The Court of Chancery denied a motion to expedite an application to preliminarily enjoin the merger of the limited partnership in Lonergan v. EPE Holdings LLC, C.A. No. 5856- VCL (Del. Ch. Oct. 11, 2010), read opinion here, where the plaintiff failed to plead colorable claims of breach of fiduciary duty and the Court refused to find breaches of the implied covenant of good faith and fair dealing. This case involves a complicated factual setting with respect to the structure of the limited partnerships and their limited partners. Because this decision involved only a motion to expedite the proceedings, a brief overview of the facts relevant to that motion will be discussed.
Plaintiff Eugene Lonergan, Sr. is the holder of limited partner units (“LP units”) in Enterprise GP Holdings, L.P. (“Holdings”). Holdings, which is the Partnership’s general partner, is a publicly traded master limited partnership (“MLP”). Holdings entered into a proposed merger (the “Proposed Transaction”) with Enterprise Products Partners L.P. (the “Partnership”), which Holdings controlled by virtue of its 100% ownership in the Partnership’s general partner. Lonergan brought a motion to expedite his action to enjoin the Proposed Transaction. Under the Proposed Transaction, Holdings will merge into a subsidiary of the Partnership – in essence, “flattening” the two-tier MLP structure. In the end, Holdings GP will still have control over the Partnership.
Because there were a number of potential conflicts of interests between Partnership and Holdings, the Holdings GP board of directors formally delegated to the Audit Committee full power to negotiate and accept or reject any deal. Discussions about the Proposed Transaction began in the summer of 2010 and a deal was announced on September 7. A preliminary Form S-4 was filed on September 16. Less than two weeks later, Lonergan filed his complaint and moved for expedited treatment of his petition for preliminary injunction.
Allegations – Fiduciary Duty or Implied Covenant?
The Court characterized the complaint as “seeks[ing] to cloak familiar breach of fiduciary duty theories in the guise of the implied covenant of good faith and fair dealing.” The complaint asserted that the defendants had been sued “for their breaches of duties arising under the implied contractual covenant of good faith and fair dealing.” And yet the Court noted that the complaint contained the types of allegations that sound more in fiduciary duty than in contract. For example, the complaint alleged that “the Board of [Holdings GP], which controls and manages [Holdings], failed to conduct an adequate and fair sales process to sell [Holdings] prior to agreeing to the Proposed Transaction” and “[i]n agreeing to a sale without conducting a fair and adequate sales process, gathering information about the Company’s net worth, or soliciting other bids, [the] Individual Defendants are allowing [Holdings] to be purchased at well below the Company’s true value” which sounds like a Revlon claim. See, Revlon, Inc. v. MacAndrews & Forbes Holdings, Inc., 506 A.2d 173 (Del. 1986). Moreover, the complaint stated that: “[t]he Proposed Transaction . . . represents a classic case of a party standing on both sides of the transaction. In particular, EPCO and its affiliates own a majority stake in [Holdings] and significant equity interests in [the Partnership] as well, creating divided loyalties that have led to the agreement of [sic] a grossly unfair merger to the detriment of the [Holdings’] minority unitholders,” which sounds like a Lynch claim. See, Kahn v. Lynch Communications Systems., Inc., 638 A.2d 1110 (Del. 1994).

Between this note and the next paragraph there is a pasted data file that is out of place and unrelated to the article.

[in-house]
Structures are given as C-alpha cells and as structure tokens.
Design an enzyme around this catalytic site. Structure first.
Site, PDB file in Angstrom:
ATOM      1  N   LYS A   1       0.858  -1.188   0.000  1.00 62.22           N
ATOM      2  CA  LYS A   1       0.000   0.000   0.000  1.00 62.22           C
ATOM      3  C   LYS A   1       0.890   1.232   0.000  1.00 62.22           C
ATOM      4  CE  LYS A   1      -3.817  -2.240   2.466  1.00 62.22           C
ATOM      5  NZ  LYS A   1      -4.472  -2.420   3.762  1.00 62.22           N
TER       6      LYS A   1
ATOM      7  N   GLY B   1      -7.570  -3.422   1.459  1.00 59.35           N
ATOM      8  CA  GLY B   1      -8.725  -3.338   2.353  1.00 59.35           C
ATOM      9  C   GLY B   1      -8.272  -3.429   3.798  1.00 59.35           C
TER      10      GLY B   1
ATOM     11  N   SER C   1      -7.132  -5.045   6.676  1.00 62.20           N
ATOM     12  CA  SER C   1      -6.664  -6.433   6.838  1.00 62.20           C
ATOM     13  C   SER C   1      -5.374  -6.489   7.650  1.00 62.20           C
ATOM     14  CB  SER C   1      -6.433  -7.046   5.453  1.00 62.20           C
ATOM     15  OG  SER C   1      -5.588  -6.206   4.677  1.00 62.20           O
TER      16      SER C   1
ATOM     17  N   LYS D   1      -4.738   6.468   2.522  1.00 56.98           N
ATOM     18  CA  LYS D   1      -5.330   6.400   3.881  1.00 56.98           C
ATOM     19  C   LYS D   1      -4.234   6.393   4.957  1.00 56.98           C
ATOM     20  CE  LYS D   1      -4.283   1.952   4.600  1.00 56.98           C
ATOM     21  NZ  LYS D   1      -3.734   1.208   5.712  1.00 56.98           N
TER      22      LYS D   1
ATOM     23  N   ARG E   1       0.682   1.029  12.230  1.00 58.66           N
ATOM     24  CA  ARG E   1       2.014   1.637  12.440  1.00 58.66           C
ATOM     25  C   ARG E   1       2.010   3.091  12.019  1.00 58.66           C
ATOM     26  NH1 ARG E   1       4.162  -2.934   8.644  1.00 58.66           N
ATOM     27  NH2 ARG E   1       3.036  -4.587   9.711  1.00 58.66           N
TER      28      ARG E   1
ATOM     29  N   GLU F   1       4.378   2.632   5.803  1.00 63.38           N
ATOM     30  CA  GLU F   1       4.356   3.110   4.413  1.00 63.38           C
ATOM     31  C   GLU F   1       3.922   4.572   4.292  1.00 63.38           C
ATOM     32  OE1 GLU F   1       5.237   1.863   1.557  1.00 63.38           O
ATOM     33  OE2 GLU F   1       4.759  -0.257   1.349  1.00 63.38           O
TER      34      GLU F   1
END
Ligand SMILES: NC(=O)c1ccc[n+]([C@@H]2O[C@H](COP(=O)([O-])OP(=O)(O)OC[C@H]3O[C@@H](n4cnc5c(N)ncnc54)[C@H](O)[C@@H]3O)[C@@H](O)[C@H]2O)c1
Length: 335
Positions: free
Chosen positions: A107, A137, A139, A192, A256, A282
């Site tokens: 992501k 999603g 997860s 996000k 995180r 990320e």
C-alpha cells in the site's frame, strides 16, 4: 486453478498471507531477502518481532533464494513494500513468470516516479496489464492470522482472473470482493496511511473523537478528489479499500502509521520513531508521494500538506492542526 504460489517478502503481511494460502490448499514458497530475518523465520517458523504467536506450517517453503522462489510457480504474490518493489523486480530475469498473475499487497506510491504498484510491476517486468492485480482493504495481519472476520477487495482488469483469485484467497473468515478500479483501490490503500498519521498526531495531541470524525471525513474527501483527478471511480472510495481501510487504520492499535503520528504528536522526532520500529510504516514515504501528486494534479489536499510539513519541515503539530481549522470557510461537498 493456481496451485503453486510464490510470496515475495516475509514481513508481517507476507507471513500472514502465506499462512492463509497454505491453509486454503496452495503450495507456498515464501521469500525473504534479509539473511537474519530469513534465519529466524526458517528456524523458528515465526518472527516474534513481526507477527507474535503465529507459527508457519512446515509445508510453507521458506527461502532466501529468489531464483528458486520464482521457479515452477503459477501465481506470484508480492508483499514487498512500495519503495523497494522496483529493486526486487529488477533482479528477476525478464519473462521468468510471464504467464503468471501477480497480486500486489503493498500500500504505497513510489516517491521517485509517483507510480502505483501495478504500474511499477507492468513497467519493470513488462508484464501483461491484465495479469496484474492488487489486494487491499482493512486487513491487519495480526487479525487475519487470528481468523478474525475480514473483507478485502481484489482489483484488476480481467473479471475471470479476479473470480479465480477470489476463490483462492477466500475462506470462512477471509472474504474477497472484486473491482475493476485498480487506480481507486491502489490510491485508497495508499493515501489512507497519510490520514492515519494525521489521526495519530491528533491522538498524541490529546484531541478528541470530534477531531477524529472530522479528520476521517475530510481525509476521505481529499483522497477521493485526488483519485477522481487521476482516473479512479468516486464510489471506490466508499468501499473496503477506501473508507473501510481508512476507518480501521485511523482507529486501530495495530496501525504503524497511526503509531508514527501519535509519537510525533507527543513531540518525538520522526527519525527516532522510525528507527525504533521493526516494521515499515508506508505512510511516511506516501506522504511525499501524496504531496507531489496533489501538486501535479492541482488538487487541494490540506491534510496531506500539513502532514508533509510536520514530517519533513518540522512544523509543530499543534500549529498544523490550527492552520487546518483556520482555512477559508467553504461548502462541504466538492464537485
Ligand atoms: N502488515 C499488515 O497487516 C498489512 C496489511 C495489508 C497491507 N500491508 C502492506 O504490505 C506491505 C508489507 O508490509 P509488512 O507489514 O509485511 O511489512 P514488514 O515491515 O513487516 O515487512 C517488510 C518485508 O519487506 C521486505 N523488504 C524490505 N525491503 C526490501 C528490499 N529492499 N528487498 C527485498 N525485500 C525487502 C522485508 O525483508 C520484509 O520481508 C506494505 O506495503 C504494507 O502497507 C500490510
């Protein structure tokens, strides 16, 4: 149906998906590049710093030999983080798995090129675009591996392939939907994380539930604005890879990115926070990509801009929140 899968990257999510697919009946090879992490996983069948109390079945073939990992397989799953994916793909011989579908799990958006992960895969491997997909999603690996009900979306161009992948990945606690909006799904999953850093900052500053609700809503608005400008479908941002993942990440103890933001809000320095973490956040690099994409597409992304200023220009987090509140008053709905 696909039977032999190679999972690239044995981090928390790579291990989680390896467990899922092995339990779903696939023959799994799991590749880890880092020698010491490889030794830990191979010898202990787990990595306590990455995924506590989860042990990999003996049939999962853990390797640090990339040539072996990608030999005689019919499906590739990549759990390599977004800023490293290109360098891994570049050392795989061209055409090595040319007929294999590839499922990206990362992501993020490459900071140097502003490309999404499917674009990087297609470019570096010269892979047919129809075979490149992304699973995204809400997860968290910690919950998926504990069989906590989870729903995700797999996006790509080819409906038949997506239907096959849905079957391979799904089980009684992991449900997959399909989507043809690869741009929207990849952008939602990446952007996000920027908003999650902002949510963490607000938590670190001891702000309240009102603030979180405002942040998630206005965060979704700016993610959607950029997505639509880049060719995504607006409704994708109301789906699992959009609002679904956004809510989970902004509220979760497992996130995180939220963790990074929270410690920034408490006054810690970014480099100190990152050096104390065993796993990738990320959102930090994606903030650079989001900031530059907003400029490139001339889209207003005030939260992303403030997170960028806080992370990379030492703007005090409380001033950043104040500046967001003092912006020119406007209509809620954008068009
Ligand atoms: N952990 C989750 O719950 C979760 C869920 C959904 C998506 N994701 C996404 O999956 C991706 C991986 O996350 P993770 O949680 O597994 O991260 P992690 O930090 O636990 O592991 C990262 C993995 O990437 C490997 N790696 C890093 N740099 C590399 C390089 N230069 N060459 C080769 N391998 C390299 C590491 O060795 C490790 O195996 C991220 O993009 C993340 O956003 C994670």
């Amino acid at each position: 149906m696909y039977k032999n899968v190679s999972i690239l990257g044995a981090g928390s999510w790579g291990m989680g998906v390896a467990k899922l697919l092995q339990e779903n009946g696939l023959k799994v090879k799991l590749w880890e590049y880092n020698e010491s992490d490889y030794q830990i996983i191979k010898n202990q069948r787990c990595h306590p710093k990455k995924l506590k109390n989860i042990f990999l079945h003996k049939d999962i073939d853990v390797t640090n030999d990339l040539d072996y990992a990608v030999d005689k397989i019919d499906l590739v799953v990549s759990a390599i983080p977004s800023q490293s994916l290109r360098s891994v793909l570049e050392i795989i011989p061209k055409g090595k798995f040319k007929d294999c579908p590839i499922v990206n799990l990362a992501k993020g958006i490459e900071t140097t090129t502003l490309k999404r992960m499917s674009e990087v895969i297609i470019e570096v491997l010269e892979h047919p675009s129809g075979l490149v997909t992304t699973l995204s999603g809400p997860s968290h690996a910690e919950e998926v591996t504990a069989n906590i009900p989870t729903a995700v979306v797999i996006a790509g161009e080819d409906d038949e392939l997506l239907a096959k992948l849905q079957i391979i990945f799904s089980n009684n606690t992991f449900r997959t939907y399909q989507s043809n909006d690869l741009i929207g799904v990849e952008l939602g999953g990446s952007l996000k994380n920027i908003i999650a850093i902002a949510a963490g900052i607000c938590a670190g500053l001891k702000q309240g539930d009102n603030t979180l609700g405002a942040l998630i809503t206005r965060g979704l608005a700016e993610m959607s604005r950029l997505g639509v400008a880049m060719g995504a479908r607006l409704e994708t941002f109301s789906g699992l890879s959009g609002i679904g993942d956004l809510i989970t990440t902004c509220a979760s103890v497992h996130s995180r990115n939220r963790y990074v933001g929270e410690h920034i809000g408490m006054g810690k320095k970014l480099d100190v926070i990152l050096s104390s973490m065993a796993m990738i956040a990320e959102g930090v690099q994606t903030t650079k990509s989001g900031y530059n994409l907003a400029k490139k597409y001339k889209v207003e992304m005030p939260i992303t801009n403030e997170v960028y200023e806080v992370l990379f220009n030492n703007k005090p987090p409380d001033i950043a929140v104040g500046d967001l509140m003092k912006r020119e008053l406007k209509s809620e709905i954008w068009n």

Standard for Expedited Treatment
The Court repeated the oft-stated standard that a motion to expedite will be granted where “the plaintiff has articulated a sufficiently colorable claim and shown a sufficient possibility of a threatened irreparable injury, as would justify imposing on the defendants and the public the extra (and sometimes substantial) costs of an expedited preliminary injunction proceeding.”